Materials: Two ipads, an apple pencil, and an apple TV connected to a big screen TV.
Setup: Both ipads download the free Microsoft Whiteboard app. From my ipad, I create a new “whiteboard” in the app, and share a link to it to my daughter’s ipad. (You only have to do this once.) I mirror my ipad to the big screen TV via the apple TV. (Easy—just swipe down from the top right of the ipad screen to get the menu where you turn on mirroring.)
Usage: As the teacher, I write on my ipad with an apple pencil in the whiteboard app something that I would normally write on the board. Everyone can see it in real time. My daughter, who has the whiteboard app open on her ipad, sees it up close on her ipad. Moreover, the rest of the “class” (my daughter’s friends) can see what I’m writing on the big screen TV.
Neat Features: The Microsoft Whiteboard app has a few additional neat features I like. First, its free. Second, I can draw with a thick bold white pen on a black background which is much easier on the eyes because its not so bright. Third I can display a ruler on the screen and use it as a straight edge to draw straight lines, with the cool feature that the ruler is a built in protractor displaying the angle of the ruler. This is going to be cool for geometry.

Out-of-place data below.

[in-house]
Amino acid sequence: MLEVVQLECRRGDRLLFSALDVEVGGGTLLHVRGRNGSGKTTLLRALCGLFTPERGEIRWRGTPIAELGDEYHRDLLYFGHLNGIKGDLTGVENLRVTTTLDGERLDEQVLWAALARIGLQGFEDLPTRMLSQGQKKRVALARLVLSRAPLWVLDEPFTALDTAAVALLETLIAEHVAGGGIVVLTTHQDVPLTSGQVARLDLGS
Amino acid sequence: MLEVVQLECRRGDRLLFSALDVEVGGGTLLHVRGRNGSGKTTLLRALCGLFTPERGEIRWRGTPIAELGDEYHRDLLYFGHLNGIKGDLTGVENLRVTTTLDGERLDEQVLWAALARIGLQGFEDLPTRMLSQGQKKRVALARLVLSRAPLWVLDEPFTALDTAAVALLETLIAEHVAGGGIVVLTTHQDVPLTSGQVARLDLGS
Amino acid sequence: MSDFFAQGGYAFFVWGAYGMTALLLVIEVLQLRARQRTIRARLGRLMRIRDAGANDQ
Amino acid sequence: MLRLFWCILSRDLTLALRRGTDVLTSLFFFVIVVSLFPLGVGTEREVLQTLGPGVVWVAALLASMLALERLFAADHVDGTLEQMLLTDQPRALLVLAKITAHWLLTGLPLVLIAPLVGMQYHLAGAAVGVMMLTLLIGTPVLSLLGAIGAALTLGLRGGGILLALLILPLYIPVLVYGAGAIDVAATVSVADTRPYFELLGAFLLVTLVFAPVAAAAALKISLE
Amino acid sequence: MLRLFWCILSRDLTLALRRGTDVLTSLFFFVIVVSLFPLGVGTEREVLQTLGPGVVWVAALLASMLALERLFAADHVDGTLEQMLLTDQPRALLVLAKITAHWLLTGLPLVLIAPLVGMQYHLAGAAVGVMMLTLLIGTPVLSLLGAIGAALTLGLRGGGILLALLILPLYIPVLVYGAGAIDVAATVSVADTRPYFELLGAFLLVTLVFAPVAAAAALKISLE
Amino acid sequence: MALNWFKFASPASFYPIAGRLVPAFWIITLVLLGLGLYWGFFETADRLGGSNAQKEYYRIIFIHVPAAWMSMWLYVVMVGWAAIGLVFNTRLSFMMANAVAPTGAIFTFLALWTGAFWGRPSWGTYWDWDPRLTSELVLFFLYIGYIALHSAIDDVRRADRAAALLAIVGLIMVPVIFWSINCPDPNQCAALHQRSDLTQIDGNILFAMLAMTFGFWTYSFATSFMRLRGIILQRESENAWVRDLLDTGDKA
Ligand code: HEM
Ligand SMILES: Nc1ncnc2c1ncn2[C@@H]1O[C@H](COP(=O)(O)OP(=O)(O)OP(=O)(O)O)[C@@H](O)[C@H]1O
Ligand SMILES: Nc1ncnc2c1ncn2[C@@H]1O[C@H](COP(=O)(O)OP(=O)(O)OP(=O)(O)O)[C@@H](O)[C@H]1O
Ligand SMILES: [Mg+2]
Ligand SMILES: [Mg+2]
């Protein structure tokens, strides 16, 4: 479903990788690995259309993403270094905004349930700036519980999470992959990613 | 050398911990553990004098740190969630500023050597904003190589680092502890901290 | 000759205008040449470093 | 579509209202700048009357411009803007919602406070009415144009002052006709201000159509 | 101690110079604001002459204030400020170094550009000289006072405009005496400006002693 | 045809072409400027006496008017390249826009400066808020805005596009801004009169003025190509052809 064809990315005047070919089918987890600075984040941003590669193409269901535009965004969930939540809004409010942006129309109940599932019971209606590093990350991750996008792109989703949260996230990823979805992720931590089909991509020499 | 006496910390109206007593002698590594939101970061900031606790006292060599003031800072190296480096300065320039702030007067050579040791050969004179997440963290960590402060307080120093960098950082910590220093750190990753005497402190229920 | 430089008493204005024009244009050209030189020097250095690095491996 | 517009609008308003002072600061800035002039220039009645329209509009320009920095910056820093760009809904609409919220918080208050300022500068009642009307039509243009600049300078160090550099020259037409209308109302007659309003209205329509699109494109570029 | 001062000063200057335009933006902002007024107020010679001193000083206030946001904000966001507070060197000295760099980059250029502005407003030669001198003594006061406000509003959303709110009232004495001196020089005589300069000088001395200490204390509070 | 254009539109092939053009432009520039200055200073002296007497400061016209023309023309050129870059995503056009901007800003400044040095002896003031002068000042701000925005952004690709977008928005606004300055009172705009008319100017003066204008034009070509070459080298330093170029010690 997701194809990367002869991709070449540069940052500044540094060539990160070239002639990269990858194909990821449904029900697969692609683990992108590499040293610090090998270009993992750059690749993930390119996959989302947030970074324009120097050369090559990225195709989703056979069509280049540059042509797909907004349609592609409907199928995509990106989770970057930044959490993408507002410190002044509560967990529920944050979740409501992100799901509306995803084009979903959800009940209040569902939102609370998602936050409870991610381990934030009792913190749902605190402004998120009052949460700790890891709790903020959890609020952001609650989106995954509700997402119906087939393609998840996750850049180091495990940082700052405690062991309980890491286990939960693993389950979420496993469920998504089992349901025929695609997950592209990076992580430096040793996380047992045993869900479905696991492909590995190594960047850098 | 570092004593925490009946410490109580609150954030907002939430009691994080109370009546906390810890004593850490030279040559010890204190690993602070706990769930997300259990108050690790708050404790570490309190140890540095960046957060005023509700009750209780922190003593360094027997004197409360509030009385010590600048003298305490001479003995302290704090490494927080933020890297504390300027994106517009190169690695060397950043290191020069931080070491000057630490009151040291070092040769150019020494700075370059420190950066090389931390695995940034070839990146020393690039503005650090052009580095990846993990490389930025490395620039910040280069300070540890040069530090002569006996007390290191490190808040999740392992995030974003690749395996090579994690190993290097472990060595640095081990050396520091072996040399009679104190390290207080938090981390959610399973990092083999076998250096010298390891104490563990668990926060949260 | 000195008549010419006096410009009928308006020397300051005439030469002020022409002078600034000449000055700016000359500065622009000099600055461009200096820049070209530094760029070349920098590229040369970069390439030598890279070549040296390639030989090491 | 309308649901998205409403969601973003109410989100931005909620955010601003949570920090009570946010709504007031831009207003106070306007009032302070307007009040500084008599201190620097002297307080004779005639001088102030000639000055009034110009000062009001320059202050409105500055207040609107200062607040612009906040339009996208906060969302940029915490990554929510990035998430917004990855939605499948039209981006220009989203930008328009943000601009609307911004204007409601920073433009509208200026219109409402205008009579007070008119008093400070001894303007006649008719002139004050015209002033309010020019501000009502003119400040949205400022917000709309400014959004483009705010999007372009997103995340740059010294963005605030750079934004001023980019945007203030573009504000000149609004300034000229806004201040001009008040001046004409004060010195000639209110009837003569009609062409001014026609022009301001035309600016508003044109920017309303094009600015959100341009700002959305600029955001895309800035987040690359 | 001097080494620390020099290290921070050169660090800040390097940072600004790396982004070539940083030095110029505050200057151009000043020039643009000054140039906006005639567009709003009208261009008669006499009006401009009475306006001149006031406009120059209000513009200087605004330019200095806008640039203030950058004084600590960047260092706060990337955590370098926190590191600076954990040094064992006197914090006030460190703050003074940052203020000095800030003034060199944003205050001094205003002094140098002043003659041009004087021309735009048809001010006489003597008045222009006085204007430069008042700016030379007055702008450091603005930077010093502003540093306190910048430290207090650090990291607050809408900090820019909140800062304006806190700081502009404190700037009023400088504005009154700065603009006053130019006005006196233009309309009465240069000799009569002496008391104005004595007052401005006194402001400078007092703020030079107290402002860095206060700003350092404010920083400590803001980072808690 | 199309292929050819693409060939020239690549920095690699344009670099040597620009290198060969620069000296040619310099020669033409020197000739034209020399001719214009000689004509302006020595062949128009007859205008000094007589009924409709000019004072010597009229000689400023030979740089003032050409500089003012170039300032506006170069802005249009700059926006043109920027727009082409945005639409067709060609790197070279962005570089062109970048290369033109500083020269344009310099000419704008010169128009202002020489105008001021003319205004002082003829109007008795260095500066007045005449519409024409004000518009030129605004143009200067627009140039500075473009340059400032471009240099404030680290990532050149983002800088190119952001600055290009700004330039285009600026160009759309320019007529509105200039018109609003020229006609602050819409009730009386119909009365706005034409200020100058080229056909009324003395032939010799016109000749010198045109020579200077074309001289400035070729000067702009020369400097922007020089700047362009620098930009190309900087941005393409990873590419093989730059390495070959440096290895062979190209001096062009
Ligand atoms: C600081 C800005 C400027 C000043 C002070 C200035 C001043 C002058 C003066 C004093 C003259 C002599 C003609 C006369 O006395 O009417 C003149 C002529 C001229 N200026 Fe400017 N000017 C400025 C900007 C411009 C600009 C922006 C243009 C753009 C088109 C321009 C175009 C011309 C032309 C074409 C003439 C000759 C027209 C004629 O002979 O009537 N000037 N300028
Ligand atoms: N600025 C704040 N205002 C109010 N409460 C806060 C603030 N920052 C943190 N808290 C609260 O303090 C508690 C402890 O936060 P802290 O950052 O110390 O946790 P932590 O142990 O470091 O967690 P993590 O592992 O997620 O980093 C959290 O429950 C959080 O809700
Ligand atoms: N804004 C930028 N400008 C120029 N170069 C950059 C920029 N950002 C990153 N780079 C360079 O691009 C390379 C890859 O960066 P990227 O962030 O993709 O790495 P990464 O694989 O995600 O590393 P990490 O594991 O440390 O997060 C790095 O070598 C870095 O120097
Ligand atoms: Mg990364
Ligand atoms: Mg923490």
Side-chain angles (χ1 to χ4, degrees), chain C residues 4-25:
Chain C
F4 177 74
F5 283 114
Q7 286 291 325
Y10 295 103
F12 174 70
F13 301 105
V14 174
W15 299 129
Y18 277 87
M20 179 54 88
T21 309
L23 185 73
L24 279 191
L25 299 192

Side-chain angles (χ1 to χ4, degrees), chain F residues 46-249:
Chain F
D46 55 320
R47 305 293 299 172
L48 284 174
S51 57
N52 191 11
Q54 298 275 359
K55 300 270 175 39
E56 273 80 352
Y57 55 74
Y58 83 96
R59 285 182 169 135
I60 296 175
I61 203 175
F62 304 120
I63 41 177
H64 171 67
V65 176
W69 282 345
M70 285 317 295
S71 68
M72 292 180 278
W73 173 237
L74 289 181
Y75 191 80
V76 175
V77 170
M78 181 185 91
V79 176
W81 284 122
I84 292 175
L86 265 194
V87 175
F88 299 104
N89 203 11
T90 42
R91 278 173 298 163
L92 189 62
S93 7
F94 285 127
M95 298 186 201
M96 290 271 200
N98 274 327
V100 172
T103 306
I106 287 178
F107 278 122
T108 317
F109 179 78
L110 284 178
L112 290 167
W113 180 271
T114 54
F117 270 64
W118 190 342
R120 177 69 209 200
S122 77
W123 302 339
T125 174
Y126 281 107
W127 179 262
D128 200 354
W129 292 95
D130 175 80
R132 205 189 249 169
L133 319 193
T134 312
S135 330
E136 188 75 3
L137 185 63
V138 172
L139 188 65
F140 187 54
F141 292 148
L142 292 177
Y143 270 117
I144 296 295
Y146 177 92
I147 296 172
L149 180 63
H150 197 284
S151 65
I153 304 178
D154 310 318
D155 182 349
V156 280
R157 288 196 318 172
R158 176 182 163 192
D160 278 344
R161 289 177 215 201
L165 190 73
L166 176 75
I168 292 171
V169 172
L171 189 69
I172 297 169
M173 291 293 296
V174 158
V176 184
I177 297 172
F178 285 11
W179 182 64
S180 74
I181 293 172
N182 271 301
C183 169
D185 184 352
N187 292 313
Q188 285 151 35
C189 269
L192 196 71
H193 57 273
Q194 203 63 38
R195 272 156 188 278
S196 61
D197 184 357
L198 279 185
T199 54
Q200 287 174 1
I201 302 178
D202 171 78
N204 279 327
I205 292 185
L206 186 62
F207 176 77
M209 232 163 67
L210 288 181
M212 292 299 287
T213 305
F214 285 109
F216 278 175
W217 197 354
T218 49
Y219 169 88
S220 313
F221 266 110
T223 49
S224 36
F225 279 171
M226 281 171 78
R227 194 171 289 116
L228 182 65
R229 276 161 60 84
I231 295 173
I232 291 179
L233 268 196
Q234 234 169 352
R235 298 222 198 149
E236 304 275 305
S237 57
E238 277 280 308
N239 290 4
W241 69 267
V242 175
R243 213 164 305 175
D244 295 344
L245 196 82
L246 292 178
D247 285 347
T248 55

Finally, three tips for using it smoothly, which would be relevant for implementing it in school:
1) When I pan left or right, or zoom in or out on my screen, my daughter’s screen does not follow along. She needs to manually do the same panning and zooming to follow me. Our solution was to make sure our screens were centered with the same zoom to start, and then I never changed the zoom or scrolled around. Perhaps with practice this summer my daughter will get good at panning to follow me, which would give the teacher more flexibility. However, it does mean that she can zoom in on a portion of the screen to see better without disrupting anyone else’s view, which is potentially a plus.